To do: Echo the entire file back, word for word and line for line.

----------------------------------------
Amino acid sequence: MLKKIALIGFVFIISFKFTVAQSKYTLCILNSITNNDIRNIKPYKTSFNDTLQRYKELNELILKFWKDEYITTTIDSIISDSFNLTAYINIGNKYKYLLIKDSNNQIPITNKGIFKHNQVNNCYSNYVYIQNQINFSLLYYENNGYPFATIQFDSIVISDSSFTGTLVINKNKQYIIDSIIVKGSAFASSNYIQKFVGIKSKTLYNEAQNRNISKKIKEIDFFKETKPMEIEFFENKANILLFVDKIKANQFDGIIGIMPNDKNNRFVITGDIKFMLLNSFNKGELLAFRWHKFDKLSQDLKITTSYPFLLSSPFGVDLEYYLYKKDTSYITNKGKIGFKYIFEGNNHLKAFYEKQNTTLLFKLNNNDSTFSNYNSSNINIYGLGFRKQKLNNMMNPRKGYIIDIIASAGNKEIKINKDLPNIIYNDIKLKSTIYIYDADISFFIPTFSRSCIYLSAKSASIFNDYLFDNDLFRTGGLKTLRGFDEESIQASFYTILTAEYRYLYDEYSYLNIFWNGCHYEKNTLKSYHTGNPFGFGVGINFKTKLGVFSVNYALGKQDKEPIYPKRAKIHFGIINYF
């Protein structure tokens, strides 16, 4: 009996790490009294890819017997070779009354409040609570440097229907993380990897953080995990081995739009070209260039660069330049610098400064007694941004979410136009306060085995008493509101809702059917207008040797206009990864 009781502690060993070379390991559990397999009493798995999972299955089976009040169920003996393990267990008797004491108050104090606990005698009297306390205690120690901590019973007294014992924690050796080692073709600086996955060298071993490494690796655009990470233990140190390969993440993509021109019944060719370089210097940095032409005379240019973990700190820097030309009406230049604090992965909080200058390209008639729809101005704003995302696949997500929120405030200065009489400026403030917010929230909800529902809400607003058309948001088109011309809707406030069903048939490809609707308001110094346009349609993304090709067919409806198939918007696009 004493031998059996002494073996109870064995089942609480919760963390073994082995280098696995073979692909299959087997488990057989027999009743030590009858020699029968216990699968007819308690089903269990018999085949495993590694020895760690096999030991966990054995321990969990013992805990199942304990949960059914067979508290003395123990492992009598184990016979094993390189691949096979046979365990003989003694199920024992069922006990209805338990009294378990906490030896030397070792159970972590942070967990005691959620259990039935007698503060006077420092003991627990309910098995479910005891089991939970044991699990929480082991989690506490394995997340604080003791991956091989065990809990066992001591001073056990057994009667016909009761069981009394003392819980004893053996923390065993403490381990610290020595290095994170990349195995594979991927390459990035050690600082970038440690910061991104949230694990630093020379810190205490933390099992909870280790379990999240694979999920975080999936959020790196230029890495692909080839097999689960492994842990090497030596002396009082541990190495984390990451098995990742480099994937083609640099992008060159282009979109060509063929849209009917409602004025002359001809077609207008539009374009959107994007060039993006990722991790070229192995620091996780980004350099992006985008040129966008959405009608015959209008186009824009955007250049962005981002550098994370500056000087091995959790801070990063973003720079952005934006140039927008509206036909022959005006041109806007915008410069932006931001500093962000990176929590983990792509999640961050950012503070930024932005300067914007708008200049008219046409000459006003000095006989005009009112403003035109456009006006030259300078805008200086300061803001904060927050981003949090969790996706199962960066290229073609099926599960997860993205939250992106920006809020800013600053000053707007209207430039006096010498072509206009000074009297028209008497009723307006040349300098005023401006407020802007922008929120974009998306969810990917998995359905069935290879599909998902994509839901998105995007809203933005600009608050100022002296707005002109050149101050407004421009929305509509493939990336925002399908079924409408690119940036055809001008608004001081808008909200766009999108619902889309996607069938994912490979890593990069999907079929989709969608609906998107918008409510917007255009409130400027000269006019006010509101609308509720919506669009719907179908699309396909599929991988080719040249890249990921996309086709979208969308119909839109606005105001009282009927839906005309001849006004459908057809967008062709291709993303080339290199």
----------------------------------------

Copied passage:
Amino acid sequence: MLKKIALIGFVFIISFKFTVAQSKYTLCILNSITNNDIRNIKPYKTSFNDTLQRYKELNELILKFWKDEYITTTIDSIISDSFNLTAYINIGNKYKYLLIKDSNNQIPITNKGIFKHNQVNNCYSNYVYIQNQINFSLLYYENNGYPFATIQFDSIVISDSSFTGTLVINKNKQYIIDSIIVKGSAFASSNYIQKFVGIKSKTLYNEAQNRNISKKIKEIDFFKETKPMEIEFFENKANILLFVDKIKANQFDGIIGIMPNDKNNRFVITGDIKFMLLNSFNKGELLAFRWHKFDKLSQDLKITTSYPFLLSSPFGVDLEYYLYKKDTSYITNKGKIGFKYIFEGNNHLKAFYEKQNTTLLFKLNNNDSTFSNYNSSNINIYGLGFRKQKLNNMMNPRKGYIIDIIASAGNKEIKINKDLPNIIYNDIKLKSTIYIYDADISFFIPTFSRSCIYLSAKSASIFNDYLFDNDLFRTGGLKTLRGFDEESIQASFYTILTAEYRYLYDEYSYLNIFWNGCHYEKNTLKSYHTGNPFGFGVGINFKTKLGVFSVNYALGKQDKEPIYPKRAKIHFGIINYF
């Protein structure tokens, strides 16, 4: 009996790490009294890819017997070779009354409040609570440097229907993380990897953080995990081995739009070209260039660069330049610098400064007694941004979410136009306060085995008493509101809702059917207008040797206009990864 009781502690060993070379390991559990397999009493798995999972299955089976009040169920003996393990267990008797004491108050104090606990005698009297306390205690120690901590019973007294014992924690050796080692073709600086996955060298071993490494690796655009990470233990140190390969993440993509021109019944060719370089210097940095032409005379240019973990700190820097030309009406230049604090992965909080200058390209008639729809101005704003995302696949997500929120405030200065009489400026403030917010929230909800529902809400607003058309948001088109011309809707406030069903048939490809609707308001110094346009349609993304090709067919409806198939918007696009 004493031998059996002494073996109870064995089942609480919760963390073994082995280098696995073979692909299959087997488990057989027999009743030590009858020699029968216990699968007819308690089903269990018999085949495993590694020895760690096999030991966990054995321990969990013992805990199942304990949960059914067979508290003395123990492992009598184990016979094993390189691949096979046979365990003989003694199920024992069922006990209805338990009294378990906490030896030397070792159970972590942070967990005691959620259990039935007698503060006077420092003991627990309910098995479910005891089991939970044991699990929480082991989690506490394995997340604080003791991956091989065990809990066992001591001073056990057994009667016909009761069981009394003392819980004893053996923390065993403490381990610290020595290095994170990349195995594979991927390459990035050690600082970038440690910061991104949230694990630093020379810190205490933390099992909870280790379990999240694979999920975080999936959020790196230029890495692909080839097999689960492994842990090497030596002396009082541990190495984390990451098995990742480099994937083609640099992008060159282009979109060509063929849209009917409602004025002359001809077609207008539009374009959107994007060039993006990722991790070229192995620091996780980004350099992006985008040129966008959405009608015959209008186009824009955007250049962005981002550098994370500056000087091995959790801070990063973003720079952005934006140039927008509206036909022959005006041109806007915008410069932006931001500093962000990176929590983990792509999640961050950012503070930024932005300067914007708008200049008219046409000459006003000095006989005009009112403003035109456009006006030259300078805008200086300061803001904060927050981003949090969790996706199962960066290229073609099926599960997860993205939250992106920006809020800013600053000053707007209207430039006096010498072509206009000074009297028209008497009723307006040349300098005023401006407020802007922008929120974009998306969810990917998995359905069935290879599909998902994509839901998105995007809203933005600009608050100022002296707005002109050149101050407004421009929305509509493939990336925002399908079924409408690119940036055809001008608004001081808008909200766009999108619902889309996607069938994912490979890593990069999907079929989709969608609906998107918008409510917007255009409130400027000269006019006010509101609308509720919506669009719907179908699309396909599929991988080719040249890249990921996309086709979208969308119909839109606005105001009282009927839906005309001849006004459908057809967008062709291709993303080339290199």